[Jimmy Carter’s national security adviser Zbigniew] Brzezinski also saw an opportunity for Carter to assert himself on matters of foreign policy. But what could the United States hope to do?… the West German ambassador to NATO suggested an Olympic boycott. The White House was intrigued. In a meeting of the National Security Council, Lloyd Cutler, the White House counsel, argued that the United States should boycott the Olympics only if it were combined with other strong action. Vice President Walter Mondale was enthusiastic… As for the president, according to White House notes of the meeting, Carter said the idea sent “cold chills” down his spine… Almost instantly, the press supported a boycott.
Two points brought out by the above excerpt bear closer scrutiny. First is the fact that Brzezinski – a calculating strategic planner at the uppermost echelons of the political establishment, whose hatred of all things Russia is internationally renowned – saw the Olympics as a means of further undermining Russian/Soviet standing internationally at precisely the moment that the US proxy mujahideen were battling Soviet military in Afghanistan. In effect, Brzezinski saw an Olympic boycott as war by other means. The fact that the national security team, led by Brzezinski, was the driving force behind the decision to boycott the Moscow Olympics reinforces the perception that the boycott was less about defending Afghanistan than it was about scoring political points against the Soviet Union.
Secondly, one should pay close attention to the final sentence of the excerpt which really bears repeating: “Almost instantly, the press supported a boycott.” In other words, the corporate media – significantly freer and more diverse in opinion in 1980 than it is in 2016 – was critical in selling the American public on the idea of a boycott. Perhaps another way of saying it would be that the media acted as the public relations mouthpiece of the US Government, in much the same way it does now. And without that compliant media making the case for such action, it is unlikely that Americans would feel anything other than anger at being cheated out of an opportunity to watch their country’s best athletes compete against the top competition in the world.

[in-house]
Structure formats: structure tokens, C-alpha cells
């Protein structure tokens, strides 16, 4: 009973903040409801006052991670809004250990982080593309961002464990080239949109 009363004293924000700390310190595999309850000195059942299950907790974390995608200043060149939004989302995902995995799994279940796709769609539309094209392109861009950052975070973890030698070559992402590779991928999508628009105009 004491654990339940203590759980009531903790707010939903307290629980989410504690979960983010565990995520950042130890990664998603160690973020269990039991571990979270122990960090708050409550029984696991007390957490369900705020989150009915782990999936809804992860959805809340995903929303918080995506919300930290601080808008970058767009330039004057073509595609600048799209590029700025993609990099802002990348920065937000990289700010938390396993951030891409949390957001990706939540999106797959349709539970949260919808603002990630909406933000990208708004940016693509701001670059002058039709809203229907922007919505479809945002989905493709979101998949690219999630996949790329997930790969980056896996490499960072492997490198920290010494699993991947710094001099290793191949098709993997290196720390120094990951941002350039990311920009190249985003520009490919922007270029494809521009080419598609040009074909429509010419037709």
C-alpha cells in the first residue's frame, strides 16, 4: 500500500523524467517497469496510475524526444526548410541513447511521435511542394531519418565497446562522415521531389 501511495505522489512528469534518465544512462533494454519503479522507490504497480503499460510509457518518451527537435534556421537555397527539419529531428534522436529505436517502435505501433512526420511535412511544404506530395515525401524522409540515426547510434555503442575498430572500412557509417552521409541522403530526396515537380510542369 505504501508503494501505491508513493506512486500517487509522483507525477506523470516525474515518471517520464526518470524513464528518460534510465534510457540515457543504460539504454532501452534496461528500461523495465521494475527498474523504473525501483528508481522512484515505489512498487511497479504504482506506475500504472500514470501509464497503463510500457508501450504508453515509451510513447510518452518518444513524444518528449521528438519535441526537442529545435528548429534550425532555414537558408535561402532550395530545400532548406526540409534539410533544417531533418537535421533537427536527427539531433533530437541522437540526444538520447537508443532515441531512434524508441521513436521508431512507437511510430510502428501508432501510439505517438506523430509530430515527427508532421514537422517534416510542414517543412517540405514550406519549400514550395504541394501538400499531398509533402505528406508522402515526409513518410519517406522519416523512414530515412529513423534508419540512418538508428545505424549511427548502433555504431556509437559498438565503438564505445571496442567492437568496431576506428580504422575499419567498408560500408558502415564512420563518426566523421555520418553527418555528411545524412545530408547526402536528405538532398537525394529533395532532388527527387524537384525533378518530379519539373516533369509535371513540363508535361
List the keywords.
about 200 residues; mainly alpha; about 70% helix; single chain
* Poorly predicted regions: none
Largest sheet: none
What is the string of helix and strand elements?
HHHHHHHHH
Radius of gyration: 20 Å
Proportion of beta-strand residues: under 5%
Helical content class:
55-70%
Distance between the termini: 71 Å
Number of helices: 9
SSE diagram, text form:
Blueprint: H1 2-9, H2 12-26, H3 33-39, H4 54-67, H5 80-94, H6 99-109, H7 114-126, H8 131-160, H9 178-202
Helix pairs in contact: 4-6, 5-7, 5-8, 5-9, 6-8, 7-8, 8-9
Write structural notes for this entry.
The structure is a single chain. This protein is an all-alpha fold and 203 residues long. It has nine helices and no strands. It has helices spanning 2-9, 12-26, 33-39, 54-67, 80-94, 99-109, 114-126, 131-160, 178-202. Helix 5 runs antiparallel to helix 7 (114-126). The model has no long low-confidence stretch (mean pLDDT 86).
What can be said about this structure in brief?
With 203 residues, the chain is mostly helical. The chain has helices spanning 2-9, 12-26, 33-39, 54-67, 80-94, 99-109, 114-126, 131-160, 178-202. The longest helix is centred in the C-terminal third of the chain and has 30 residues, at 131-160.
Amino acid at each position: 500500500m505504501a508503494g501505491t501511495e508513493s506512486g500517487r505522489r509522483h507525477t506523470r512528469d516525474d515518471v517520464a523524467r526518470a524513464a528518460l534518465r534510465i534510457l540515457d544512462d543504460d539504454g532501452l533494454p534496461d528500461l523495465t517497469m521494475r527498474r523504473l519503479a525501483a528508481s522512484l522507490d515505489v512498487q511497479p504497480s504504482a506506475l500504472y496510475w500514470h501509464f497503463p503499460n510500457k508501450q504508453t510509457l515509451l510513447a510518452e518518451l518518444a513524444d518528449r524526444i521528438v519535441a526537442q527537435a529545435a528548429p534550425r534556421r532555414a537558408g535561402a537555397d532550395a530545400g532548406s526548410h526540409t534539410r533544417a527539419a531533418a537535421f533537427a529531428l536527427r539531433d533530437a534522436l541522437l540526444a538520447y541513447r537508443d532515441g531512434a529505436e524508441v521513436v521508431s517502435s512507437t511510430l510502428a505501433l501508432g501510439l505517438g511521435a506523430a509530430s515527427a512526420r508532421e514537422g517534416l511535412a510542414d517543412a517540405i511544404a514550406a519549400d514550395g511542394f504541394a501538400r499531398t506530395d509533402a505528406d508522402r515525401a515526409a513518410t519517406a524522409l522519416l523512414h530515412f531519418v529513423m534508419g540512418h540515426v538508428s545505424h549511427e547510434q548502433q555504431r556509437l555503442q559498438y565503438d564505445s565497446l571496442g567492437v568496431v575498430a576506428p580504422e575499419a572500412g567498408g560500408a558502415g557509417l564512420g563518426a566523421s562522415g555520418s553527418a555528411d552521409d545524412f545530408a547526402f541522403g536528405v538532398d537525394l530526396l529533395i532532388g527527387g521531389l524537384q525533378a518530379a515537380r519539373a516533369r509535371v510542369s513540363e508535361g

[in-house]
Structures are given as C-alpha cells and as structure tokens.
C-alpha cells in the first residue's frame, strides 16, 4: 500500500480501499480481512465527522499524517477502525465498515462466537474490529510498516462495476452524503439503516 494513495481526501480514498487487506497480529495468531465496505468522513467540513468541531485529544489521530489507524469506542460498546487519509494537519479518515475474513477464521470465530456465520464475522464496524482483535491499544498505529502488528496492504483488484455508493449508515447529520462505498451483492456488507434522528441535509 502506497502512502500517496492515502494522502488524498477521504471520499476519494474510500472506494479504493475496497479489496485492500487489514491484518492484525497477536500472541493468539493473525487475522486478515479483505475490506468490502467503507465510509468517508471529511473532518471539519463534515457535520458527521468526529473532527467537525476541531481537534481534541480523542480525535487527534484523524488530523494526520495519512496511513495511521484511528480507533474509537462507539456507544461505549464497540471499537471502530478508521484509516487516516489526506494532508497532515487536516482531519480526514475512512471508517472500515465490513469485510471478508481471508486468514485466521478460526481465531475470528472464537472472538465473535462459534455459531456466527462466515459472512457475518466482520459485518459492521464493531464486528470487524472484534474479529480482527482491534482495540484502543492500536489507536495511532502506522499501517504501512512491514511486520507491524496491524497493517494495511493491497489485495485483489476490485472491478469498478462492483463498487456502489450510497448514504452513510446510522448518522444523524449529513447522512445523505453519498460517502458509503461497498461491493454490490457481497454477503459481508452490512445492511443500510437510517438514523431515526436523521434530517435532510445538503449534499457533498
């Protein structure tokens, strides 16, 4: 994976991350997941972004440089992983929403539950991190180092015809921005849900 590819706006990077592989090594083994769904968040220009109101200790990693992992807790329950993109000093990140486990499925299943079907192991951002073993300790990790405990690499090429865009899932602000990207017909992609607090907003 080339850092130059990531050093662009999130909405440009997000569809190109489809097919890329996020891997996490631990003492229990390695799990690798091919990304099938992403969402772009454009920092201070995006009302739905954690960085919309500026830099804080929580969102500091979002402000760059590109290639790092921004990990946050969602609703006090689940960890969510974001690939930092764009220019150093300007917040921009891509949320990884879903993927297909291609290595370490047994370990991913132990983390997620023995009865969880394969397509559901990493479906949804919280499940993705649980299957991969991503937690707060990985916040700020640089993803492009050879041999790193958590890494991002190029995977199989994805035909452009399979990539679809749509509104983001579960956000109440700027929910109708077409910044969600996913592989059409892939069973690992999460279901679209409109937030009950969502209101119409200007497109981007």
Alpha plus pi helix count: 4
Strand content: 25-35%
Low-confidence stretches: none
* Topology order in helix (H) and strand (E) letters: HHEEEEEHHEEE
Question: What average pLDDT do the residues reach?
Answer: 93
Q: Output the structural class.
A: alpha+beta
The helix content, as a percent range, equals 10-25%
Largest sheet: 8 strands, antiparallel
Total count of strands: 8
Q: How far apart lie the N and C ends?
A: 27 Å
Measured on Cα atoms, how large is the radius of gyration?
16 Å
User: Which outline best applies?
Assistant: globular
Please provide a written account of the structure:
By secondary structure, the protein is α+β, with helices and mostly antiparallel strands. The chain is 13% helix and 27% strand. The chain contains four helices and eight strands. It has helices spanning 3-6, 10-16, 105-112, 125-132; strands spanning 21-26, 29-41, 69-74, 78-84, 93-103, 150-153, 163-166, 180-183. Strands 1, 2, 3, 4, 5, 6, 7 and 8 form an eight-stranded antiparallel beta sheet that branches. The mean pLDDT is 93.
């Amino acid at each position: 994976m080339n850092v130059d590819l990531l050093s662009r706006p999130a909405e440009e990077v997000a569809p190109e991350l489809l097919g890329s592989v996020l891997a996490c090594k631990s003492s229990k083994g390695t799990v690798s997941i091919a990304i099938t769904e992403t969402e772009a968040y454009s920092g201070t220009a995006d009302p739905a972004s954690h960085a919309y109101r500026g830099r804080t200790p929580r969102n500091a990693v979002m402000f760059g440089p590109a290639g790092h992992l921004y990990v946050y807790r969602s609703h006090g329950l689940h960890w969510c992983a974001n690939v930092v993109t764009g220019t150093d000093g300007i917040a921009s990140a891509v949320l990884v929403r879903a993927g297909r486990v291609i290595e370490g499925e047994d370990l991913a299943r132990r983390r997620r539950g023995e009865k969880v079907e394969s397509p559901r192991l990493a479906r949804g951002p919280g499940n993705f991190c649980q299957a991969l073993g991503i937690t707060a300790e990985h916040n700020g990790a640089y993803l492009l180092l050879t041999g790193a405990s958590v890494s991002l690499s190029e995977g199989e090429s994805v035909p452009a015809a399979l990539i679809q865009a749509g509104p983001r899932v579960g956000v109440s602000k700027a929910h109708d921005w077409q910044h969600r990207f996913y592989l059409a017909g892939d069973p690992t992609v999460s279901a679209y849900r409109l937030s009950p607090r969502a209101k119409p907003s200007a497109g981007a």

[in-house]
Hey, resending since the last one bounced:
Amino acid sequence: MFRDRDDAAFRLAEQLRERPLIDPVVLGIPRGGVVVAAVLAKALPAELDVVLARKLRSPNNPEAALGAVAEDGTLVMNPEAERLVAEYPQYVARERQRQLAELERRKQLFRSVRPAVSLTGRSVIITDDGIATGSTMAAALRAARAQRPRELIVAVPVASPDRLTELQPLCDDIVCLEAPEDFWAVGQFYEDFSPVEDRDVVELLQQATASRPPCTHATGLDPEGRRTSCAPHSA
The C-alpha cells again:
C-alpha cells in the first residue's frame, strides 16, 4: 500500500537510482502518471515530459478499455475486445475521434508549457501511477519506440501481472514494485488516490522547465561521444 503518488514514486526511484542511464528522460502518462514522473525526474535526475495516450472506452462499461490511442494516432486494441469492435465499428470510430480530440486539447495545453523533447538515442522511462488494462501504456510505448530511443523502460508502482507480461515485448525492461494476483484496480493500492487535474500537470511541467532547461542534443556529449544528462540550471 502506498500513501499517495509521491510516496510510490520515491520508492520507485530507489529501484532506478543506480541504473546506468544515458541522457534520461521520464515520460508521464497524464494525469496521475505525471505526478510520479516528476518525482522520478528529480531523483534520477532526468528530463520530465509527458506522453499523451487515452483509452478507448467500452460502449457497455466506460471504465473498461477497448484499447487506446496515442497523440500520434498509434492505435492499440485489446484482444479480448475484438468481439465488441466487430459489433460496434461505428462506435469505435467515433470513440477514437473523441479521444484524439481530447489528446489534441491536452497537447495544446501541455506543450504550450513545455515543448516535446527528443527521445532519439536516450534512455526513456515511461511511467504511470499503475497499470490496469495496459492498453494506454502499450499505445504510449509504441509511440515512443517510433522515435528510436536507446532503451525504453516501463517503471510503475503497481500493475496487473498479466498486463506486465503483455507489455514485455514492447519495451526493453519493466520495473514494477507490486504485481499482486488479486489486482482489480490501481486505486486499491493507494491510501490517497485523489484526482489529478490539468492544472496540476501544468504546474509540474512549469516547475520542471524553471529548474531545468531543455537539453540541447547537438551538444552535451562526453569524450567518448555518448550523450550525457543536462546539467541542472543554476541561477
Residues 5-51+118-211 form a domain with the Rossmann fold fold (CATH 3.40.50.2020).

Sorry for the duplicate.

But the politicization of sports vis-à-vis US-Russia relations is not restricted solely to the Olympics. In fact, as recently as last year the US, UK, and other allies led an effort to discredit Russia’s hosting of the World Cup, the most watched sporting event in the world, with claims of corruption and bribery. Never mind the fact that it was MI6 operatives engaged in spying against Russia who created the dossier used to implicate Putin & Co. in the illegal “buying” of the World Cup. Indeed, this scandal was the death knell for former FIFA boss Sepp Blatter who, because of seemingly friendly ties with Russia, was quickly shown the door after 17 years.
Naturally the media has stepped in with calls to strip Russia of the 2018 World Cup on every possible pretext. Witness the following headlines: FIFA should for once do the right thing and strip Russia of World Cup and Could the Litvinenko Murder Verdict See Russia Stripped of the 2018 World Cup? and The growing calls to strip Putin and Russia of the 2018 World Cup. What was that phrase in the Politico article? “Almost instantly, the press supported a boycott.” Again, we see today the media playing the role of US policy cheerleader, providing the necessary marketing for a clearly anti-Russian foreign policy move shrouded under the pretext of sports and fairness.
It’s the Propaganda, Stupid
But what’s the point of all this? Who cares if some Russian athletes can’t compete in Rio? A valid question, to be sure. To think of these moves by the US and its allies as purely designed to embarrass Russia is to completely misread the intent behind them. Certainly, bad publicity for Putin is part of the rationale, but it is not the real goal. Instead, the targets are the citizens of western countries whose ideas, opinions, and attitudes towards Russia will be shaped as much by sports and popular culture as by anything else.
And so, the real objective is to portray Russians as crooked cheaters whose dishonesty and insidious intentions are overshadowed only by their mindless loyalty to their country. It is to make Americans and Brits and Europeans – already Russophobic in their outlook thanks to decades of Cold War propaganda and the current onslaught of “Putin did it!” politics – view Russian athletes as little more than a bunch of steroid-injecting Ivan Dragos whose deceit is merely a reflection of the treacherous double-dealing of their political leadership.
In short, the move to ban the Russian track and field team is part of a broader project to discredit Russia in the eyes of the public at large. The issue is not so much about whether there is doping in Russia’s track and field program – doping is widespread in many countries, including the US – but rather about how to undermine and weaken Russia in the court of public opinion on the eve of the Olympics. Furthermore, the negative attitudes promoted by the media will justify further aggressive policies in Ukraine, Syria, and beyond. And that is precisely the point.
Walter Lipmann, the renowned writer, commentator, and theoretician of public opinion and propaganda defined the term “stereotype” in the modern psychological sense as a “distorted picture or image in a person’s mind, not based on personal experience, but derived culturally.” And it is just such a distorted picture which the US and its partners are cultivating against Russia, using the Olympics as the pretext.
Moreover, that the distortion is “derived culturally” rather than from personal experience demonstrates that it is the propagandists of the corporate media whose job it is to manufacture and perpetuate such distortions for political reasons who are the arbiters of truth. George Orwell would be proud.